Coley especially encourages families that have autistic children or adults stricken by Alzheimer’s to preserve the scent of loved ones as a precaution. Experience tells that six out of 10 dementia patients will wander. According to a report by the Alzheimer’s Foundation of America, the average amount of time it takes to find that patient is nine hours — at an average cost of $1,500 per hour for law enforcement. After 24 hours, there is only a 50 percent chance the person will still be alive.

After the scent has been collected, the dog will begin the trail at the last known location of the missing person. The dog has 3–4 minutes of getting acclimated to the area before being given the scent to trail. 

Matt Burke

Coley encourages people to make use of Human Scent Preservation kits, which can speed up the search process.

Bloodhounds are the most popular dog for this type of work, because they are built for tracking. Within the first few days of life, a bloodhound begins scent training and can be ready for the field as early as 18 months of age, although the typical starting age is two years. After training for four hours a week over a period of 18 months to two years, the dog is ready for its 24-hour, mile-long certification test that must be passed without mistakes.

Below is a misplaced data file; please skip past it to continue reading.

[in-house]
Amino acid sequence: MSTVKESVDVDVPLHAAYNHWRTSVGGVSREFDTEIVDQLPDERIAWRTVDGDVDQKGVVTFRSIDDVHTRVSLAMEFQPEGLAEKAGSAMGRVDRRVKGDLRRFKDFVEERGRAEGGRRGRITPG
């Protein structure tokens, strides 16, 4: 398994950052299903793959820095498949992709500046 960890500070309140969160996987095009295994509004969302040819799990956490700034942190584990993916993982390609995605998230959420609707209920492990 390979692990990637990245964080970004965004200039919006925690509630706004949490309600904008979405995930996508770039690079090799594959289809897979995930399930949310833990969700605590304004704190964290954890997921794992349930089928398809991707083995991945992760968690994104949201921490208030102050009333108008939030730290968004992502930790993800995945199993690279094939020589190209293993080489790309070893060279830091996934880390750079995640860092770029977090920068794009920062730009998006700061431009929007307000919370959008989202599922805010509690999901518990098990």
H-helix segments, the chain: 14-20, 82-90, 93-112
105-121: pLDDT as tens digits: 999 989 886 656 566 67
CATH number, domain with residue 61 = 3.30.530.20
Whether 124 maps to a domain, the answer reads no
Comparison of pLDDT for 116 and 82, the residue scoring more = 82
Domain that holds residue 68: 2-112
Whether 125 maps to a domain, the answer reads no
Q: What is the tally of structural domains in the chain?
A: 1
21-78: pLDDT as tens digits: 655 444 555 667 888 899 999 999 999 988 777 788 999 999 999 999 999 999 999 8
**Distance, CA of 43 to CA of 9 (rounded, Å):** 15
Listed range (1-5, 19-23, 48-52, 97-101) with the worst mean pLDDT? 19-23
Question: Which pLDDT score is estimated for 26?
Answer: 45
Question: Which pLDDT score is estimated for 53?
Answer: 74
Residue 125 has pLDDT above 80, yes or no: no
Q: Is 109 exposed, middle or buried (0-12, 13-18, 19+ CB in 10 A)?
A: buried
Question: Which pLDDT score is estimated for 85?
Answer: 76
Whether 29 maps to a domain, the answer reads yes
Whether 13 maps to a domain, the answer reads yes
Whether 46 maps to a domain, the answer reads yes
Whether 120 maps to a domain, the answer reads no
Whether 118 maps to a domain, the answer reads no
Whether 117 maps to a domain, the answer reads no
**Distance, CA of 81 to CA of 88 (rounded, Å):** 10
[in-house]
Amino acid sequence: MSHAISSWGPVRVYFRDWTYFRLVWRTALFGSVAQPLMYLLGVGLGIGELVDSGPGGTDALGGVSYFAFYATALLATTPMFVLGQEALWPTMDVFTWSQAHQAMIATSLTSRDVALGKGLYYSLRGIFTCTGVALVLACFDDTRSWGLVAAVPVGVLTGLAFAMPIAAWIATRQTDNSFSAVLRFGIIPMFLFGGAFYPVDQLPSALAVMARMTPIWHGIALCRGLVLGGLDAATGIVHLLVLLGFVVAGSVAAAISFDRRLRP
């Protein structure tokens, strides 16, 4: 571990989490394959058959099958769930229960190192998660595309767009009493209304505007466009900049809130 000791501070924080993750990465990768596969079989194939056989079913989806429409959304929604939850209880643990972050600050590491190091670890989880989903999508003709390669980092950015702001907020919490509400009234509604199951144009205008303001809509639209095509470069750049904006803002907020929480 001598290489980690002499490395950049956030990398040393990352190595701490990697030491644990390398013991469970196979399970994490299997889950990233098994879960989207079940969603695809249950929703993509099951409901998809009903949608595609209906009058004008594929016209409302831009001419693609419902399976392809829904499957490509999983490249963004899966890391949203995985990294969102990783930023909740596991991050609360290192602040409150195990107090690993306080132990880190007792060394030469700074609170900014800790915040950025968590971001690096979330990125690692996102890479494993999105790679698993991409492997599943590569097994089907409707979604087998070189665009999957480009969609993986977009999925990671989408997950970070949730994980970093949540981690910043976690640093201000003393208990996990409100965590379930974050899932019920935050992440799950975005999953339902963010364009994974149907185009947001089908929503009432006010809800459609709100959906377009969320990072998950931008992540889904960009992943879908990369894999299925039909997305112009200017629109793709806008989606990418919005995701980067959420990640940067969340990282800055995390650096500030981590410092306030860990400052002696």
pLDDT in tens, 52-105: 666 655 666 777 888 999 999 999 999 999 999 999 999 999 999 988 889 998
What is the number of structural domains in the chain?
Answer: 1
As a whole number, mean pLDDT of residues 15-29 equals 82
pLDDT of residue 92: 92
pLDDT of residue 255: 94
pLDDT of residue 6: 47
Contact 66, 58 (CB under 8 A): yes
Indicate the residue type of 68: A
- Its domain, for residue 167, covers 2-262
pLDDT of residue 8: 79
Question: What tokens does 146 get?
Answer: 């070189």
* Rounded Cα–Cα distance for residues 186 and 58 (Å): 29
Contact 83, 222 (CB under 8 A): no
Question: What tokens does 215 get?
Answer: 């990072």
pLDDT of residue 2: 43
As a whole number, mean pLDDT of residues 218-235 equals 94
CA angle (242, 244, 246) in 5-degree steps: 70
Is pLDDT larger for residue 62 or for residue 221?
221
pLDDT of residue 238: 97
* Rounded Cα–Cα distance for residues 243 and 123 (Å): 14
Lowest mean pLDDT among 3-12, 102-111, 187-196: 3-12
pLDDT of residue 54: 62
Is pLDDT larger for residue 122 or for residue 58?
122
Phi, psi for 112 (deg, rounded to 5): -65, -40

“I definitely think that cases would be solved quicker if dogs were part of the first response action,” explains Gordon Yoder, vice president of Future Farmers of America (FFA) who previously worked under Coley training dogs for his FFA experience project.

Yoder referred this program to his FFA advisor, Jillian Estes, who currently has four students aiding in the sniff training of dogs.